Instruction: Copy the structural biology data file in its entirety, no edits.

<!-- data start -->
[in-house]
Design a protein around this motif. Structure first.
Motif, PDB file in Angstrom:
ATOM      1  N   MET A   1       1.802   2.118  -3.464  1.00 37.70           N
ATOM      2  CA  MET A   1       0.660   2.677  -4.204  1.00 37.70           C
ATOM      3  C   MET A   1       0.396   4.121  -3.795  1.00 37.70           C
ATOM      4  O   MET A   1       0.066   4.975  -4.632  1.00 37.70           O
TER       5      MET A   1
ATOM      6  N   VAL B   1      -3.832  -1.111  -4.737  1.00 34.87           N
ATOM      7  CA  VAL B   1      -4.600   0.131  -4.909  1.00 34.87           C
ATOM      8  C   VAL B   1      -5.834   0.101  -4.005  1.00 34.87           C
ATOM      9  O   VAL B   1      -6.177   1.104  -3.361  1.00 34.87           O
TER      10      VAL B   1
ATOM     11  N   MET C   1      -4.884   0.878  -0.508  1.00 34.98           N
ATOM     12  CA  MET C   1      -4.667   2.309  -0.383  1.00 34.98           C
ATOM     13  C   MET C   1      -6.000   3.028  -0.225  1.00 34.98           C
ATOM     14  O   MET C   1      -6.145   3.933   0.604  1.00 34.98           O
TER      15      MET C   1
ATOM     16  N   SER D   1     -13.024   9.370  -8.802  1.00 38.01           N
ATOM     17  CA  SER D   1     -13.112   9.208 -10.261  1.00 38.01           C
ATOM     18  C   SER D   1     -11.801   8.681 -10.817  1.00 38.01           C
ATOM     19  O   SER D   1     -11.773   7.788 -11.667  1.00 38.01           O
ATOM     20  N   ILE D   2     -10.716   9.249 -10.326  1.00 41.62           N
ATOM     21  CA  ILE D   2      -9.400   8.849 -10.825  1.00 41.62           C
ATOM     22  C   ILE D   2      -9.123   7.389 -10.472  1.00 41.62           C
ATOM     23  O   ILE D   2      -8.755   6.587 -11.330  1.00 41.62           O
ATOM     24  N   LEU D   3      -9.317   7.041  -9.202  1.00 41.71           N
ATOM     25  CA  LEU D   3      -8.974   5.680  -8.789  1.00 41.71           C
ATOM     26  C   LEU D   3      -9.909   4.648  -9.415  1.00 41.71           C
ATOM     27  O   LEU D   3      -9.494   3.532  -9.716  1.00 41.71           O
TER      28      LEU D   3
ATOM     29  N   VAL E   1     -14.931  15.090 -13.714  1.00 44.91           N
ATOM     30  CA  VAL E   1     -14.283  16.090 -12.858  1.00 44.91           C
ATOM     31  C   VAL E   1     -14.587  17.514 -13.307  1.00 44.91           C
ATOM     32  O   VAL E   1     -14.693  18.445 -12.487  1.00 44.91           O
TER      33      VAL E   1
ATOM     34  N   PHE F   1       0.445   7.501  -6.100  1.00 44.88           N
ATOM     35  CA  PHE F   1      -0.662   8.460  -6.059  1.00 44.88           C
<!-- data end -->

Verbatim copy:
[in-house]
Design a protein around this motif. Structure first.
Motif, PDB file in Angstrom:
ATOM      1  N   MET A   1       1.802   2.118  -3.464  1.00 37.70           N
ATOM      2  CA  MET A   1       0.660   2.677  -4.204  1.00 37.70           C
ATOM      3  C   MET A   1       0.396   4.121  -3.795  1.00 37.70           C
ATOM      4  O   MET A   1       0.066   4.975  -4.632  1.00 37.70           O
TER       5      MET A   1
ATOM      6  N   VAL B   1      -3.832  -1.111  -4.737  1.00 34.87           N
ATOM      7  CA  VAL B   1      -4.600   0.131  -4.909  1.00 34.87           C
ATOM      8  C   VAL B   1      -5.834   0.101  -4.005  1.00 34.87           C
ATOM      9  O   VAL B   1      -6.177   1.104  -3.361  1.00 34.87           O
TER      10      VAL B   1
ATOM     11  N   MET C   1      -4.884   0.878  -0.508  1.00 34.98           N
ATOM     12  CA  MET C   1      -4.667   2.309  -0.383  1.00 34.98           C
ATOM     13  C   MET C   1      -6.000   3.028  -0.225  1.00 34.98           C
ATOM     14  O   MET C   1      -6.145   3.933   0.604  1.00 34.98           O
TER      15      MET C   1
ATOM     16  N   SER D   1     -13.024   9.370  -8.802  1.00 38.01           N
ATOM     17  CA  SER D   1     -13.112   9.208 -10.261  1.00 38.01           C
ATOM     18  C   SER D   1     -11.801   8.681 -10.817  1.00 38.01           C
ATOM     19  O   SER D   1     -11.773   7.788 -11.667  1.00 38.01           O
ATOM     20  N   ILE D   2     -10.716   9.249 -10.326  1.00 41.62           N
ATOM     21  CA  ILE D   2      -9.400   8.849 -10.825  1.00 41.62           C
ATOM     22  C   ILE D   2      -9.123   7.389 -10.472  1.00 41.62           C
ATOM     23  O   ILE D   2      -8.755   6.587 -11.330  1.00 41.62           O
ATOM     24  N   LEU D   3      -9.317   7.041  -9.202  1.00 41.71           N
ATOM     25  CA  LEU D   3      -8.974   5.680  -8.789  1.00 41.71           C
ATOM     26  C   LEU D   3      -9.909   4.648  -9.415  1.00 41.71           C
ATOM     27  O   LEU D   3      -9.494   3.532  -9.716  1.00 41.71           O
TER      28      LEU D   3
ATOM     29  N   VAL E   1     -14.931  15.090 -13.714  1.00 44.91           N
ATOM     30  CA  VAL E   1     -14.283  16.090 -12.858  1.00 44.91           C
ATOM     31  C   VAL E   1     -14.587  17.514 -13.307  1.00 44.91           C
ATOM     32  O   VAL E   1     -14.693  18.445 -12.487  1.00 44.91           O
TER      33      VAL E   1
ATOM     34  N   PHE F   1       0.445   7.501  -6.100  1.00 44.88           N
ATOM     35  CA  PHE F   1      -0.662   8.460  -6.059  1.00 44.88           C